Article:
S3: Yes, I think that’s quite right. You know, the notion that somehow or another, these health outcomes, be it depression or even many cancers, which also have stress related components, high blood pressure and heart attacks are somehow or another individual illnesses. You know, I got started practicing medicine at the Martin Luther King Health Center in the South Bronx. I had about 500 patients. Minorities for the most part. And many of them had high blood pressure. Many times the people I was seeing would be on medication for high blood pressure, and they would not come back at the end of the a lot of time when we knew they would run out of medicine. And when we went out and got them and brought them back, what we discovered was their blood pressure had returned to normal. And that raised the issue of, well, what could be going on, that people had blood pressures that were elevated at some point in time, but didn’t necessarily keep their blood pressures elevated on a chronic basis. And that led to the notion of stress. Okay. Then perhaps there were life experiences that they were going through which raise their blood pressure, and then in turn those experiences changed. And like things got better, as I would think with Kate probably when she left that job, many of the risk factors probably declined. I don’t know.

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S1: What now, but. But now she’s given up her career. Let’s listen to another story. Let’s let’s hear from Sheri Murphy. She’s a pastor in California, social justice worker. She’s close to completing her Ph.D. in divinity, but she earns her living, or at least she did as a rideshare driver. It’s a job that she chose because it gave her flexibility, and she thought it would give her a certain sense of control over her time and her schedule. But she says it’s gotten more and more unsafe and unstable and insecure.

S5: Everybody wants to work in a safe environment. Right. And to be able to work at the end of the day and know that I’m going to be able to afford my rent, to be able to afford health care, to provide for myself. So imagine not having any safety protections in the middle of a pandemic. And so in that stressful. Right. And I know personally for myself, it’s been extremely stressful. I’ve watched my own health deteriorate. I’ve had breathing problems. I gained a lot of weight. Okay. So not only where we deemed essential workers, but there were there was a time when drivers were driving in the middle of the California fires of these just terrible air conditions. Right. So it was hard to breathe. And I know and I was I was among the many drivers who was in that my health changed. I had breathing problems. I had diabetes, water gain fatigue, extreme fatigue, muscle atrophy. And I believe it’s attributed to the stress of working in those kind of conditions.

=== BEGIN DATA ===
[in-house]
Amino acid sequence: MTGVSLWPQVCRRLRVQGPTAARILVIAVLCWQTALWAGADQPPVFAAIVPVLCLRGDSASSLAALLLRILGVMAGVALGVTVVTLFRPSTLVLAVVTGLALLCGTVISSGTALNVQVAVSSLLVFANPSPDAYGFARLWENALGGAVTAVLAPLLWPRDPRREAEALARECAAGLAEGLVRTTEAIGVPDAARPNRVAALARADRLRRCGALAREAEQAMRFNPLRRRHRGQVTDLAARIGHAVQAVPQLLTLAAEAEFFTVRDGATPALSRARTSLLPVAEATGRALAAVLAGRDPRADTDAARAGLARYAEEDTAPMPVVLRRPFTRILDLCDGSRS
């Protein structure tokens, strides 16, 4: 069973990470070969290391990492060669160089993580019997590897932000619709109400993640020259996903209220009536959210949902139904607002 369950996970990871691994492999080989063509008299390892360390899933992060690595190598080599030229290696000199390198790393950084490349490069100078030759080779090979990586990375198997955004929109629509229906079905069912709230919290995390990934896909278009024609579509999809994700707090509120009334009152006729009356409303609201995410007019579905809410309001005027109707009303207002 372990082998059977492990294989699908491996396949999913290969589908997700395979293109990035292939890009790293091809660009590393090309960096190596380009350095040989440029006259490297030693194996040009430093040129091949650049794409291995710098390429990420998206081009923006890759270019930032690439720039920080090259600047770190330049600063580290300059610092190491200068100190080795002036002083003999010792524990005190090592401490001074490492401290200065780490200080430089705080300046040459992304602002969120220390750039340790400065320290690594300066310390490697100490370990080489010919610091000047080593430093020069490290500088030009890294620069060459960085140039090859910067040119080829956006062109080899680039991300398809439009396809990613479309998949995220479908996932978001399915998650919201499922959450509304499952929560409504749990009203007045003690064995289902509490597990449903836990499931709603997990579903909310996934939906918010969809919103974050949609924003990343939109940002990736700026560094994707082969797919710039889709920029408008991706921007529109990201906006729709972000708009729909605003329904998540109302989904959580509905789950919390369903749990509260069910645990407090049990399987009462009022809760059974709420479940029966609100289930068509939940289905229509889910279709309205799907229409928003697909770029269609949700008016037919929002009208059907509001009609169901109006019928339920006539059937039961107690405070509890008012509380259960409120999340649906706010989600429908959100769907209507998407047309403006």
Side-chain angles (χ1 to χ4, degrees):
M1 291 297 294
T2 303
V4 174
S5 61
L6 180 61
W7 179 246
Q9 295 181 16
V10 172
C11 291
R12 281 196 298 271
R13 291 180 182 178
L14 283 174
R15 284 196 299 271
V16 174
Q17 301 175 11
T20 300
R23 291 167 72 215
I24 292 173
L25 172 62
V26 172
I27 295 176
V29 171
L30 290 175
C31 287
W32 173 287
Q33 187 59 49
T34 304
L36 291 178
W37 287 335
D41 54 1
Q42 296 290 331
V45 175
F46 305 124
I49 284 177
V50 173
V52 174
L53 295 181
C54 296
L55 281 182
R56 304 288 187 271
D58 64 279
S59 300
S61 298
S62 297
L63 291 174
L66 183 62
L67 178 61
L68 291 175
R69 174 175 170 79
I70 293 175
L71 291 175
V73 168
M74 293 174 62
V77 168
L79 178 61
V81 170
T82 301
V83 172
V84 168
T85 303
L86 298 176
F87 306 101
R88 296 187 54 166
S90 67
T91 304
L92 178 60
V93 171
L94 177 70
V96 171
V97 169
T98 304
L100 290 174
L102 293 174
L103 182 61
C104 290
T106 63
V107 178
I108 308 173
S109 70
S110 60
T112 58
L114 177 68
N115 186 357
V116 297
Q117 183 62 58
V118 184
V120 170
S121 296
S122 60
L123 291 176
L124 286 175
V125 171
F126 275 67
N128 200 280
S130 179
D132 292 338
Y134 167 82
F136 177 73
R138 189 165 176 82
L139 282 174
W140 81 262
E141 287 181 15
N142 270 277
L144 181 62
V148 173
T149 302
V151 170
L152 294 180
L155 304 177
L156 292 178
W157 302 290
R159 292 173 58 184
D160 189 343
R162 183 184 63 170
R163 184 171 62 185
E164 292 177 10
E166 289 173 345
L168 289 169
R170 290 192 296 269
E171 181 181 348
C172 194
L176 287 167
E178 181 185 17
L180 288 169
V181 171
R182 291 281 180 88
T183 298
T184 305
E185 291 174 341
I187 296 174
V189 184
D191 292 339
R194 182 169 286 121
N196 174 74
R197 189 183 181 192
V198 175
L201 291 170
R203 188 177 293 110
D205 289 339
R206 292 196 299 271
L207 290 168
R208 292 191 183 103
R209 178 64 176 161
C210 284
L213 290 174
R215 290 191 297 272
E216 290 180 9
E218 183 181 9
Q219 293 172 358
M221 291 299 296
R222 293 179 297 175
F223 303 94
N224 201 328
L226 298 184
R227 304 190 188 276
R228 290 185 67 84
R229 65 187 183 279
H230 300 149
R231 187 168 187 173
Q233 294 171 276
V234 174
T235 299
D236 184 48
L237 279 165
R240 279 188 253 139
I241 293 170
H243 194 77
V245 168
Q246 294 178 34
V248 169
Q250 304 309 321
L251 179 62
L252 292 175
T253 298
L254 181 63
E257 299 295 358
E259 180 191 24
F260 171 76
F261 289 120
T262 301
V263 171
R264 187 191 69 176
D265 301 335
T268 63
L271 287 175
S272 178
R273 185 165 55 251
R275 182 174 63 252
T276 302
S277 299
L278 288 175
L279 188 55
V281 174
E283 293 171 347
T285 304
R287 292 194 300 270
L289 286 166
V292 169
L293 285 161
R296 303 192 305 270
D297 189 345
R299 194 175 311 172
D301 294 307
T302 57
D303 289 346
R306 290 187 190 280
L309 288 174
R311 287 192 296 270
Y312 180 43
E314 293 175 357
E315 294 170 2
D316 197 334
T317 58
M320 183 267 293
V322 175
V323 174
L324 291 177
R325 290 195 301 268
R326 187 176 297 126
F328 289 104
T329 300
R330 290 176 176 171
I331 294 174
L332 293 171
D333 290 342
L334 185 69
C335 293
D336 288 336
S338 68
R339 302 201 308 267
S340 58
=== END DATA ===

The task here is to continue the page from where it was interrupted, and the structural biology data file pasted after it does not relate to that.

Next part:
S1: So here you got a rideshare driver, and it looks like from some of the previous research being a driver, a bus driver, a truck driver, that those are actually some of the the worst kind of occupations for our health, because you sit and you’re so sedentary. But now you’ve got this this sort of psychological layer of stress, uncertainty. You don’t have any worker protections. You’re sort of really out there on your own. You know, what does Sheri’s story tell us about where we’re going in the future with work stress?

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S2: Well, yeah, her story is is like so many people who are working in these what we call precarious jobs, working in gig related jobs where they they don’t have any job security. And we know from the research that a lack of job security is associated with a higher risk of heart disease, heart attack, stroke, also depression. We know that what we call threat avoidant vigilance has a major impact on people’s cardiovascular system.

S1: Threat threat avoidance avoided insurance.

S2: It’s a word. Her having to be alert all the time to danger. So there are a lot of jobs like that. Driving is one of them. Obviously, working as a police officer or any kind of transit worker, you’re having to pay attention on a constant basis to be aware of danger. And so, you know, that actually creates a biological stress response on a chronic basis daily. So we know that drivers, for instance, have much higher rates of hypertension than other professions, other occupations. And so, you know, put those two together. And I think the experiences that she’s having, shortness of breath, she mentioned trouble breathing, put it together with lack of job security and this, you know, constant vigilance when you’re driving, you know, it really does impact people’s mental and physical health.

S1: Let’s take a quick break. When we return, Marnie and Peter take on the future of work and what we need to do to make it less hazardous to our health. It’s Better Life Lab. Today we’re talking with Marnie Dobson and Peter Schnall about improving worker health. So Peter, if we’ve already got an American Karoshi that’s sort of invisible, that we’re not that we’re in denial about, as you said, what does that bode for where we’re going in the future?